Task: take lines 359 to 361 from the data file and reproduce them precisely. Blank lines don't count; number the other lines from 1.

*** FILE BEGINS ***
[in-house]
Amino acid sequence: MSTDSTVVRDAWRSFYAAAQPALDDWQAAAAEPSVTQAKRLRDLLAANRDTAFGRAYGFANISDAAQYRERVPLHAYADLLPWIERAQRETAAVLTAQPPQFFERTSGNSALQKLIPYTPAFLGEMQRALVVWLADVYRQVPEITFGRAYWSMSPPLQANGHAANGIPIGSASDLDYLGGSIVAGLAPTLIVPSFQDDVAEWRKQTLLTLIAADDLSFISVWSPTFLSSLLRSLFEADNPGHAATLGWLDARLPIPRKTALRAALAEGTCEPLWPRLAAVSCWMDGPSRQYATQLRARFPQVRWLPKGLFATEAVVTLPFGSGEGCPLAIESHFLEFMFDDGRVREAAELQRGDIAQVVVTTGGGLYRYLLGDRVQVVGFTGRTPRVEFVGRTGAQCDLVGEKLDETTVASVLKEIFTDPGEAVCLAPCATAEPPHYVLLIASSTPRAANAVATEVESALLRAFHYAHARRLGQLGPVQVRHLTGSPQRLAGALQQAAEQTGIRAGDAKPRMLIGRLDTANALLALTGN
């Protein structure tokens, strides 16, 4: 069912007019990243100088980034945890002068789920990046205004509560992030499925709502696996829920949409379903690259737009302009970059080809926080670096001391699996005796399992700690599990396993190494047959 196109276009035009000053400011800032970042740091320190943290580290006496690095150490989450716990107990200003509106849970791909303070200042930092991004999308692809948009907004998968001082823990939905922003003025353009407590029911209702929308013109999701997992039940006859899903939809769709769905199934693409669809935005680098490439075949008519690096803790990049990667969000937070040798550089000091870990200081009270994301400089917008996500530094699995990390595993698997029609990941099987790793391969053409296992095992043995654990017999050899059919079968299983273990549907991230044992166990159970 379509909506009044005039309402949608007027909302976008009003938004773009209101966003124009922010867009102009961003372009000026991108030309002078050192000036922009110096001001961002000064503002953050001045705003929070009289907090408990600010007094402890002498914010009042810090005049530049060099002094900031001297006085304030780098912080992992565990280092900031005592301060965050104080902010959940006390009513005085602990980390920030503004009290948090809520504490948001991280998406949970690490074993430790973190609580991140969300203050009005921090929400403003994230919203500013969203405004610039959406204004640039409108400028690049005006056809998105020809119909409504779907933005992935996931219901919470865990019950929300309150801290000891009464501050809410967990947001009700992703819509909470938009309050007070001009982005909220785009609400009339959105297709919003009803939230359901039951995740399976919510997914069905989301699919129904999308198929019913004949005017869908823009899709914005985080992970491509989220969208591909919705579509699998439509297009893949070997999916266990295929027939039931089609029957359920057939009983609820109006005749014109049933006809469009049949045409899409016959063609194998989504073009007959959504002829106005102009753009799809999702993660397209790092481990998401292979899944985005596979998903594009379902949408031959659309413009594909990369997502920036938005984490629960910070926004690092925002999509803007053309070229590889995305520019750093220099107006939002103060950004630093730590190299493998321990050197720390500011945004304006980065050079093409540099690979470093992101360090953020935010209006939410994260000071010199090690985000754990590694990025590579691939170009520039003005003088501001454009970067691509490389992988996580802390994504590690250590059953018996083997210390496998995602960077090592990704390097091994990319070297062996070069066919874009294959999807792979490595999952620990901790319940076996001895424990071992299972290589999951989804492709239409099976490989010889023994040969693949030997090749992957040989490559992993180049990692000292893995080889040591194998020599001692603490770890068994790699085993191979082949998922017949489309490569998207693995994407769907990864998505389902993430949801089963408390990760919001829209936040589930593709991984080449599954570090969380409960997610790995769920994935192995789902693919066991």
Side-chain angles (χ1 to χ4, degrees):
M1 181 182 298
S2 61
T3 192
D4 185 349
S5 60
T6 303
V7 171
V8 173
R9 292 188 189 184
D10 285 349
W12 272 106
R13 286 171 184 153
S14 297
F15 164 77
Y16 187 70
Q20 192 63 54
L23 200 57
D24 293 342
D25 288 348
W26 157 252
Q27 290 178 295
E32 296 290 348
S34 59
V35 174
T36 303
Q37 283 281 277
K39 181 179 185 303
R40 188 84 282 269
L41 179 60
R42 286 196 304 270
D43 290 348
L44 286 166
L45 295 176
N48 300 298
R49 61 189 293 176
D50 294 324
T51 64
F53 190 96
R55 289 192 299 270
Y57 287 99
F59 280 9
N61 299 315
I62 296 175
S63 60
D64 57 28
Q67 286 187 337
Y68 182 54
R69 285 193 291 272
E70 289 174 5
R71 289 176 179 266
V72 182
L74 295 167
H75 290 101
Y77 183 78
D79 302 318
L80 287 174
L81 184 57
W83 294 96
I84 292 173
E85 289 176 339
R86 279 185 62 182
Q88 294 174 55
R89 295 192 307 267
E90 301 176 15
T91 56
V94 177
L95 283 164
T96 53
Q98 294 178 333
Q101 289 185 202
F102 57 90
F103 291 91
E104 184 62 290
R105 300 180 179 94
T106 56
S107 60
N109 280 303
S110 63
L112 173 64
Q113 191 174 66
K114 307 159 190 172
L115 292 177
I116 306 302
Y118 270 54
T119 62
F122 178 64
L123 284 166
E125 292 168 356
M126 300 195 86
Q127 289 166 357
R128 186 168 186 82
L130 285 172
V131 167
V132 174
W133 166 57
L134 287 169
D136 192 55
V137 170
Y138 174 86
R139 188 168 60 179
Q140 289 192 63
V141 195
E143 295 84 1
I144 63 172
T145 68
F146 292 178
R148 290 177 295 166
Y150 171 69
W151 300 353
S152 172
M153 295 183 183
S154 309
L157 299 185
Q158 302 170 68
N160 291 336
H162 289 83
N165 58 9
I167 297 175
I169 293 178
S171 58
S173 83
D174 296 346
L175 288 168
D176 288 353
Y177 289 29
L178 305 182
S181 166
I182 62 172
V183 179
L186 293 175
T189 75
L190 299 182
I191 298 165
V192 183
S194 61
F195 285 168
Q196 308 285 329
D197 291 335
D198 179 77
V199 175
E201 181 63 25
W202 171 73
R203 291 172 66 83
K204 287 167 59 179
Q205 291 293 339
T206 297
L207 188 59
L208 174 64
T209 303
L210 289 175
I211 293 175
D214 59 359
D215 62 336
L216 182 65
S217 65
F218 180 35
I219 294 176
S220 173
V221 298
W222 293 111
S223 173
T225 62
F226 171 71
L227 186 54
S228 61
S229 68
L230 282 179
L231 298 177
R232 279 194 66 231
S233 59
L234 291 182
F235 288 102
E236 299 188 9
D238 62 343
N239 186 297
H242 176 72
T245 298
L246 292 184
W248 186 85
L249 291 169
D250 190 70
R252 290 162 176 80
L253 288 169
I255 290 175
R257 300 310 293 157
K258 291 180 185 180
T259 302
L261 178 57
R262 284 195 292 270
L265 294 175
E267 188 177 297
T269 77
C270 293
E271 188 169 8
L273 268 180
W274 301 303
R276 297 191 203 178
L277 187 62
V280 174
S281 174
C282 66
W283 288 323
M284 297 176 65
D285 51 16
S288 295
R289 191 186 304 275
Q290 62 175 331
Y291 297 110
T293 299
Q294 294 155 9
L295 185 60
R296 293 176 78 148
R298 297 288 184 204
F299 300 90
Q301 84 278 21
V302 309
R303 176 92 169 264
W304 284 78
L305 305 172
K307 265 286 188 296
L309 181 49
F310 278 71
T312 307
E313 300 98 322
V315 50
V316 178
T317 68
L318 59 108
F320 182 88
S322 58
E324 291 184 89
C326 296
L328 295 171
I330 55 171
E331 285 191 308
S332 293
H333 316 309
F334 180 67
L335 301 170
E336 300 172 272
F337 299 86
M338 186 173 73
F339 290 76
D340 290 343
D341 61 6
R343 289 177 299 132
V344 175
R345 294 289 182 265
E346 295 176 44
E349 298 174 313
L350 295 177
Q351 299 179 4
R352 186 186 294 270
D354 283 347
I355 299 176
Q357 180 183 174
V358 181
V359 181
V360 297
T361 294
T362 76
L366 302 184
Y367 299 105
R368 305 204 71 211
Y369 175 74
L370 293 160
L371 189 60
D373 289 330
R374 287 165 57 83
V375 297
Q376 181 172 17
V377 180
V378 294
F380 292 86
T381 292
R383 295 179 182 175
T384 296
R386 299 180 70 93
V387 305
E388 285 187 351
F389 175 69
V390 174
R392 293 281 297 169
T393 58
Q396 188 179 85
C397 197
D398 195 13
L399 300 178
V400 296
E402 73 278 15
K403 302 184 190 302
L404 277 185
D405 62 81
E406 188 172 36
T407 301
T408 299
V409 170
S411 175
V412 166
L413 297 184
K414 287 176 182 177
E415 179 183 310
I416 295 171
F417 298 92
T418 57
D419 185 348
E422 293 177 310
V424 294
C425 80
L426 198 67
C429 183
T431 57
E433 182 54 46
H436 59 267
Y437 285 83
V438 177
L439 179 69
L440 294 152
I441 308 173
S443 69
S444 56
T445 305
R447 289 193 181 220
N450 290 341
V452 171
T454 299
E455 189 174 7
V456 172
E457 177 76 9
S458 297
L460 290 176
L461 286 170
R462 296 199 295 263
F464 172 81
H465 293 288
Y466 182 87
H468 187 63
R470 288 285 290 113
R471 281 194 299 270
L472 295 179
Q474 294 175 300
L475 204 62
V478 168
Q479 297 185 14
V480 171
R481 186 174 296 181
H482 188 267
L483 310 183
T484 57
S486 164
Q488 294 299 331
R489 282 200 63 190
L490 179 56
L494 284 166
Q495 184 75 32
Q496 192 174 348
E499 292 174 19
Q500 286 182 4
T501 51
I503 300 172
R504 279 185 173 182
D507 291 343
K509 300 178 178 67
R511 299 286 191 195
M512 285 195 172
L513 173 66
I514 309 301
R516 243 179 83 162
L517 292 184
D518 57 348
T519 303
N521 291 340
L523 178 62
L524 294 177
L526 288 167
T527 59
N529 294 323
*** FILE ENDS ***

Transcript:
Q495 184 75 32
Q496 192 174 348
E499 292 174 19